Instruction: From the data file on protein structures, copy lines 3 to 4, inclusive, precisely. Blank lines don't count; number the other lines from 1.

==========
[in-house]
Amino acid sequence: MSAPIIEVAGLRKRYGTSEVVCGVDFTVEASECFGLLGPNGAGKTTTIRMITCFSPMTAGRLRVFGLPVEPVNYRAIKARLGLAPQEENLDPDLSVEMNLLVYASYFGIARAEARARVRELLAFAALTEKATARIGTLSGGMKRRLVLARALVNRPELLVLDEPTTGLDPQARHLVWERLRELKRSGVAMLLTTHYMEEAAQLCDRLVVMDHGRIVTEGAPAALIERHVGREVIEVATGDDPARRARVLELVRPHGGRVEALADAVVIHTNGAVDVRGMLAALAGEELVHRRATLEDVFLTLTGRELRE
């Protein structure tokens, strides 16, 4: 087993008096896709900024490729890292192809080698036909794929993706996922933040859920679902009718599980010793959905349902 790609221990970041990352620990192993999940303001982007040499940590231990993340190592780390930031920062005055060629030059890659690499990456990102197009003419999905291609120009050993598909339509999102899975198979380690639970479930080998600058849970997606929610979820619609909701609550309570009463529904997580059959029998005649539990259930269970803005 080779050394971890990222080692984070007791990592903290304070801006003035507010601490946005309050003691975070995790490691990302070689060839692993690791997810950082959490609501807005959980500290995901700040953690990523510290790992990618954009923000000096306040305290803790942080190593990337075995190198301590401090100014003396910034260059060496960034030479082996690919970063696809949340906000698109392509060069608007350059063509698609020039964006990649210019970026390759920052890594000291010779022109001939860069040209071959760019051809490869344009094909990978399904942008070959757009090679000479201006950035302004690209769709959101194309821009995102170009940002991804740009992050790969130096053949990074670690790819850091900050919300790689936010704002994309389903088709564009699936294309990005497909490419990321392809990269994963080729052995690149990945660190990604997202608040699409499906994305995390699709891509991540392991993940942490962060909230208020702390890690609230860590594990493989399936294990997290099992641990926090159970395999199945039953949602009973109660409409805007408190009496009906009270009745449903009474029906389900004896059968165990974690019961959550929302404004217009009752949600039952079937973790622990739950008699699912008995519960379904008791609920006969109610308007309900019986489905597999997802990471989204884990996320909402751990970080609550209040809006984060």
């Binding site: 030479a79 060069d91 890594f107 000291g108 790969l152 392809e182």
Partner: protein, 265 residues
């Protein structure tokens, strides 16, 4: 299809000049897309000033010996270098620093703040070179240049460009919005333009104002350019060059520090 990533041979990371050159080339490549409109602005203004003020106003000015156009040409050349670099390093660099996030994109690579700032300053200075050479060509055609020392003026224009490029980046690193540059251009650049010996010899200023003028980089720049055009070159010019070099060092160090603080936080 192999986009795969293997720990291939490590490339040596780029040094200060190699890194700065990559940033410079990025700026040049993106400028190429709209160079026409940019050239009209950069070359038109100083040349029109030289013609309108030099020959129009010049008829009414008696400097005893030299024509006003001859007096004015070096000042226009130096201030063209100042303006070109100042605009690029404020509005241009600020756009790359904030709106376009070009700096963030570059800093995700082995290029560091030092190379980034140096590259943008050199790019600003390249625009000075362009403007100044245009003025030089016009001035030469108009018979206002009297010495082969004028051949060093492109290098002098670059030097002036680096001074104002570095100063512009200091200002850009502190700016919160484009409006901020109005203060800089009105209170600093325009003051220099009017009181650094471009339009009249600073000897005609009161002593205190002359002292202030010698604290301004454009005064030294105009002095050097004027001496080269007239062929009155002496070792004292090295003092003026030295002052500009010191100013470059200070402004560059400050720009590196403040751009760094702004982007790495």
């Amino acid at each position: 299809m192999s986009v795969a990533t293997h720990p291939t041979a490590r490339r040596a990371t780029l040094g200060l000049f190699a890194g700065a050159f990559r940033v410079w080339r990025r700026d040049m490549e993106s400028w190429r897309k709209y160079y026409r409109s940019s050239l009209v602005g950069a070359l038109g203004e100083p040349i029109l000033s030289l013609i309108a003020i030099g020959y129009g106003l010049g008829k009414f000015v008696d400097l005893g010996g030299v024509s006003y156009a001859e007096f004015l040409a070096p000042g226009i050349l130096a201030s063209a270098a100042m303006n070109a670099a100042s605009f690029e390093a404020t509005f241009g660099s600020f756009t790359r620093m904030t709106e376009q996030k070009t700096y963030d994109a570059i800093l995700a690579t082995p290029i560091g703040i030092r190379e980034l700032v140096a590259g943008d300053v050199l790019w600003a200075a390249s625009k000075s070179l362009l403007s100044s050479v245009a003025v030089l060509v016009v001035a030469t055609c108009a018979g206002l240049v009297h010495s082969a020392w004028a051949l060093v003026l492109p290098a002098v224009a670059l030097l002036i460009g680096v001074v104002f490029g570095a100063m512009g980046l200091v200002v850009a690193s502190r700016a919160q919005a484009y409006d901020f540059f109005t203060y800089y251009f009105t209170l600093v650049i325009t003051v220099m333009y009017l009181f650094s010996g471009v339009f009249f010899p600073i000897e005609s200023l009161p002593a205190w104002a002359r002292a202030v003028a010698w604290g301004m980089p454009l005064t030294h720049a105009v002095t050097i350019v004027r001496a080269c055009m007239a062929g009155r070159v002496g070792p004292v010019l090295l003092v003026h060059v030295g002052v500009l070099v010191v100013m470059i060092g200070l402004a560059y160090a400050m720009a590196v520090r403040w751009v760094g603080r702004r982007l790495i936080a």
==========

């Protein structure tokens, strides 16, 4: 087993008096896709900024490729890292192809080698036909794929993706996922933040859920679902009718599980010793959905349902 790609221990970041990352620990192993999940303001982007040499940590231990993340190592780390930031920062005055060629030059890659690499990456990102197009003419999905291609120009050993598909339509999102899975198979380690639970479930080998600058849970997606929610979820619609909701609550309570009463529904997580059959029998005649539990259930269970803005 080779050394971890990222080692984070007791990592903290304070801006003035507010601490946005309050003691975070995790490691990302070689060839692993690791997810950082959490609501807005959980500290995901700040953690990523510290790992990618954009923000000096306040305290803790942080190593990337075995190198301590401090100014003396910034260059060496960034030479082996690919970063696809949340906000698109392509060069608007350059063509698609020039964006990649210019970026390759920052890594000291010779022109001939860069040209071959760019051809490869344009094909990978399904942008070959757009090679000479201006950035302004690209769709959101194309821009995102170009940002991804740009992050790969130096053949990074670690790819850091900050919300790689936010704002994309389903088709564009699936294309990005497909490419990321392809990269994963080729052995690149990945660190990604997202608040699409499906994305995390699709891509991540392991993940942490962060909230208020702390890690609230860590594990493989399936294990997290099992641990926090159970395999199945039953949602009973109660409409805007408190009496009906009270009745449903009474029906389900004896059968165990974690019961959550929302404004217009009752949600039952079937973790622990739950008699699912008995519960379904008791609920006969109610308007309900019986489905597999997802990471989204884990996320909402751990970080609550209040809006984060």
């Binding site: 030479a79 060069d91 890594f107 000291g108 790969l152 392809e182």